Acting babe logo

Begin Acting. Be Everything.

be a reader

Read to me (or being a reader)

Posted by on / 1 Comments

Please indulge me while I vent for a moment.

Right now there are maybe a million actors around the globe trying to make it as an actor (I tried to google this information but it was impossible to get exact statistics), be that part time, full time, in school or just starting out. So if you get called into a room to read for a major Hollywood feature or television show you would probably make sure you knew your lines, or were suitably comfortable with reading lines cold in a way that would demonstrate you were right for that character….right?

Ha! WRONG.

In the past I have turned up to be a reader for directors, producers, Casting Directors and even attended Casting Director workshops (as a paying participant) and seen people not be off book. Now I have been told that in America people don’t have to walk in a room and be off book, so that is cool. But I bet in that case they practise cold reading a lot to really nail the skill that makes reading a fresh script a total breeze to do in the room. Certainly in Anthony Meindl’s amazing workshops and classes over here, actors have been brilliant at it. I’ve watched first hand. So if actors choose to work that way in LA, given the sheer volume of auditions, then all power to them.

Within the UK, I have found it to be a little different. Casting Directors, like the lovely Manuel Puro, even have it noted on their site that they want actors prepared and off book for their auditions. Brilliant! It’s literally giving you a cheatsheet so you know exactly what to do in the room. It’s also making it clear that if you turn up unprepared, your tape may NOT even be seen. I repeat, you may NOT even end up being seen by the people who make the decision on whether to cast you or not.

Just because you audition does not mean your tape gets sent. It’s that simple. If you turn up hung over, unprepared, not looking at least even mildly like that role (unless your in another production that has you with pink hair or a beard and you/your agent can always explain that) then you are saying – I don’t value this opportunity you have handed me on a plate. And if the Casting Director thinks your audition isn’t good enough, then they won’t include it in the audition tapes. IT IS THAT SIMPLE.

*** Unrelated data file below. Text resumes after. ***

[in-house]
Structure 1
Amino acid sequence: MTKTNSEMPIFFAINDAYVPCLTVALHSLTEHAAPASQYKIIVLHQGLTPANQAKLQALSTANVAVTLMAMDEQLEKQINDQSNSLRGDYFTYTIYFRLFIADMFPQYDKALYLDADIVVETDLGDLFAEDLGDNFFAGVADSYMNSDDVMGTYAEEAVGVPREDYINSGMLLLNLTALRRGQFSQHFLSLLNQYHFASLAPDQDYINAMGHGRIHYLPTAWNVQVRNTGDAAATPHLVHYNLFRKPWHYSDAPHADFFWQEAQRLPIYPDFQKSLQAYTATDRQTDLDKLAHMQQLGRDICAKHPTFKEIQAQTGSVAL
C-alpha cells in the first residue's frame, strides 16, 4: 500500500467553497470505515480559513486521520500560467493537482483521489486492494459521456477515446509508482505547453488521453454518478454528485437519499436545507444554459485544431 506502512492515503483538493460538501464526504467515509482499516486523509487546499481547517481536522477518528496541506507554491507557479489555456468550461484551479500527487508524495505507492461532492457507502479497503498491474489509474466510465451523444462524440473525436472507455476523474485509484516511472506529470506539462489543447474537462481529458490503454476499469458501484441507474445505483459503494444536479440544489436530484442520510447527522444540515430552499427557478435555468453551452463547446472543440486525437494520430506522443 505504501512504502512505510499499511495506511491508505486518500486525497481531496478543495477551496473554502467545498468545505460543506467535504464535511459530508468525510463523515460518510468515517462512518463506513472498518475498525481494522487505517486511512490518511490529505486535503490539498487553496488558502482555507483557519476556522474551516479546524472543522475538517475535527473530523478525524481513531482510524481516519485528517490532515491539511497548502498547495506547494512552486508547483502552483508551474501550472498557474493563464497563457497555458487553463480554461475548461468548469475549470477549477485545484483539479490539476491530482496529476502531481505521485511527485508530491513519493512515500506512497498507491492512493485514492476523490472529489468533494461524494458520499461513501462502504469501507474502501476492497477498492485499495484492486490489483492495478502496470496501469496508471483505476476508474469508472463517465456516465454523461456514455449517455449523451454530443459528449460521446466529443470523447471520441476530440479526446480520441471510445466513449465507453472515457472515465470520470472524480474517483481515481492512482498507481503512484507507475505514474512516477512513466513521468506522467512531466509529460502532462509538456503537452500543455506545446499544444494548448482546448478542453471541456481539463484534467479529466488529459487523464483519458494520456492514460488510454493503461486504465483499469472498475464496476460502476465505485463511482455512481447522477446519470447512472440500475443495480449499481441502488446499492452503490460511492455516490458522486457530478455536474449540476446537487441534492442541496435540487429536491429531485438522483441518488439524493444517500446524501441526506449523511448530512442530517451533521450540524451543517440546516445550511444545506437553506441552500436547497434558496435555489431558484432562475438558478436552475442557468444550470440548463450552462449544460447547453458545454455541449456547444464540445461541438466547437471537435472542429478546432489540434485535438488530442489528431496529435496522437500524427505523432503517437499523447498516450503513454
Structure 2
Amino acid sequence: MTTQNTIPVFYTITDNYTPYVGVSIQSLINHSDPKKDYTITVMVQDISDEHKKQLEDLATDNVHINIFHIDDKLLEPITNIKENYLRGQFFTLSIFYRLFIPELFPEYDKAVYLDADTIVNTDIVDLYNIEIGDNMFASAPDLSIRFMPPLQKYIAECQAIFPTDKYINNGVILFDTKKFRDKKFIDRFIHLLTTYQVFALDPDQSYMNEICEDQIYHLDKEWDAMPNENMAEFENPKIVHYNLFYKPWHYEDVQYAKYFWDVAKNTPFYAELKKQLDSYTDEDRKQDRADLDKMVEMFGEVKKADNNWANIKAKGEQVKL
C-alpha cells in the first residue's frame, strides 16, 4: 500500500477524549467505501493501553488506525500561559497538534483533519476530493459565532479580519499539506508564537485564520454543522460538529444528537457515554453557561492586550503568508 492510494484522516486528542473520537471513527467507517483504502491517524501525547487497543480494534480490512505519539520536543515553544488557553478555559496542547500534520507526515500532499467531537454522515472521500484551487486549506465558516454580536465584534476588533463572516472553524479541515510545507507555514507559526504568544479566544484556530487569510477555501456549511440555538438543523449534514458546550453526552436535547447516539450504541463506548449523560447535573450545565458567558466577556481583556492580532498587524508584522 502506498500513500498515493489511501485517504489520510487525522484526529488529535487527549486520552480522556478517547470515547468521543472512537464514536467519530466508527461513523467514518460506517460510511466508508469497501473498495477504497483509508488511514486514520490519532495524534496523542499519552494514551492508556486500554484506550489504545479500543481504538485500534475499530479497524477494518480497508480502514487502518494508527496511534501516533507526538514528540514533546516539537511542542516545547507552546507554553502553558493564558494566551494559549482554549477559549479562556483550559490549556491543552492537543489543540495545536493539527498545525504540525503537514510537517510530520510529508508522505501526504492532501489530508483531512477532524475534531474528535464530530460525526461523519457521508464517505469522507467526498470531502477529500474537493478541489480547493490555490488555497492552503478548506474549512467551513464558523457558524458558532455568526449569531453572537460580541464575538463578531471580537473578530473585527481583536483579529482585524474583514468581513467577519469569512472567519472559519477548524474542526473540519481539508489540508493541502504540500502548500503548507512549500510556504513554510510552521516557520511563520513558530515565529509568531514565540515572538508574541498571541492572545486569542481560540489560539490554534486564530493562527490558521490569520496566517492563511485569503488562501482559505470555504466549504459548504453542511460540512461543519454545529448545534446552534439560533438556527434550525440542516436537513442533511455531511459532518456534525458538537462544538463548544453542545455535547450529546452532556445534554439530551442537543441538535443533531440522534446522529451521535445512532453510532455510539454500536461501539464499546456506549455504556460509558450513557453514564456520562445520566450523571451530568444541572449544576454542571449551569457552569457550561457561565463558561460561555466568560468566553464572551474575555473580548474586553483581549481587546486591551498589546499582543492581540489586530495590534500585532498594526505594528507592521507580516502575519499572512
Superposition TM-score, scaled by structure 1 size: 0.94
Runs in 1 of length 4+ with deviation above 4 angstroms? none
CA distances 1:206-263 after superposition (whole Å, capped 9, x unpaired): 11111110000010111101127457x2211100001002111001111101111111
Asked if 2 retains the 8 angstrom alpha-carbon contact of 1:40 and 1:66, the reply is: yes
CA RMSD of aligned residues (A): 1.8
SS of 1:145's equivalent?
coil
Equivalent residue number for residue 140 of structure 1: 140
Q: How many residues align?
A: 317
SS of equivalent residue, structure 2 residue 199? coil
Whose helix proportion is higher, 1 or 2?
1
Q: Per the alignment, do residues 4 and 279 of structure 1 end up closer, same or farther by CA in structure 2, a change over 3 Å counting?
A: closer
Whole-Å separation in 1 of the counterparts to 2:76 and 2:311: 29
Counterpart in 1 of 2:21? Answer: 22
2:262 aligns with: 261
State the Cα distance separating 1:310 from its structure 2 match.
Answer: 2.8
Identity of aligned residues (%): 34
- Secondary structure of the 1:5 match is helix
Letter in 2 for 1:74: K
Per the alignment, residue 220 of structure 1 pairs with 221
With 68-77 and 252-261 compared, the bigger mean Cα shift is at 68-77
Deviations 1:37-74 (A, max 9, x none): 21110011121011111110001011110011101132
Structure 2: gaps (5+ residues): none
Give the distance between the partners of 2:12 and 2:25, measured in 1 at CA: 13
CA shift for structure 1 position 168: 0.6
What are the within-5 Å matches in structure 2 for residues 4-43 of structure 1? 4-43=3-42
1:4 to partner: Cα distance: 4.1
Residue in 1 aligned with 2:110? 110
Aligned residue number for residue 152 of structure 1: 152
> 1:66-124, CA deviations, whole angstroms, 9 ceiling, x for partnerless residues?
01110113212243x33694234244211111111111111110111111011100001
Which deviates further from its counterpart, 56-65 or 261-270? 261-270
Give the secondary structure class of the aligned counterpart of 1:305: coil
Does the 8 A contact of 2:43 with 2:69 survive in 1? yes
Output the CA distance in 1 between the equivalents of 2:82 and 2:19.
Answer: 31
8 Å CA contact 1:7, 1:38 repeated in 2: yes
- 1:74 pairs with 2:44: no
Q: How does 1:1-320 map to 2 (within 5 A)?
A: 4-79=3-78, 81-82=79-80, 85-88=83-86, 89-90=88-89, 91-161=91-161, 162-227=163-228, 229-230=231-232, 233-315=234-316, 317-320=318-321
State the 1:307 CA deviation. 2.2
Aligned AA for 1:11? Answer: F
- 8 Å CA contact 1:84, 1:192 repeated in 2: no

I once posted about not having my accent down for a big US film about seven years ago and having the Casting Director explain that he couldn’t send my casting director readingtape. I was devastated. Lesson learned. You don’t have to tell me twice to sort that out. What a muppet I had been!

So back to my original rant – if you are going to go in for an audition and it’s for a role that any other 2000 actors would give their right fingernail to have, then at least be prepared and know your lines. Otherwise you are an amatuer and you may as well give up now and get back to your Hollywood parties and your day sessions at Bondi Beach.

 

In a more positive light, do yourself this favour. Talk to a Casting Director who is your mate, or a director you have worked with in the past and feel you know well and ask them if you can be a reader for them on their next production. Perhaps they’ll even pay you (but don’t assume this). When you are standing helping in that audition room and there is no pressure of you having to give your best Oscar winning performance on show for the audition, you can learn so much. It’s like the days in acting school where you spent half the class just watching others fumbling around with lines and you didn’t get up…you learned loads and loads from watching your peers make mistakes. Being a reader is a gold mine of goodness.

And being prepared is the jackpot to success. Want to read more on this? Check out a guest blog from the beautiful actor and VO legend Felicity Josling on rehearsal and preparation.

Thanks for reading B.A.B.E.’s.

 

* Photos credited to foter.com: 1st pic: wwward0 / Foter / CC BY-NC-SA & 2nd pic: pedrosimoes7 / Foter / CC BY

1 Comment

Leave a Comment

Your email address will not be published. Required fields are marked *

You may use these HTML tags and attributes: <a href="" title=""> <abbr title=""> <acronym title=""> <b> <blockquote cite=""> <cite> <code> <del datetime=""> <em> <i> <q cite=""> <s> <strike> <strong>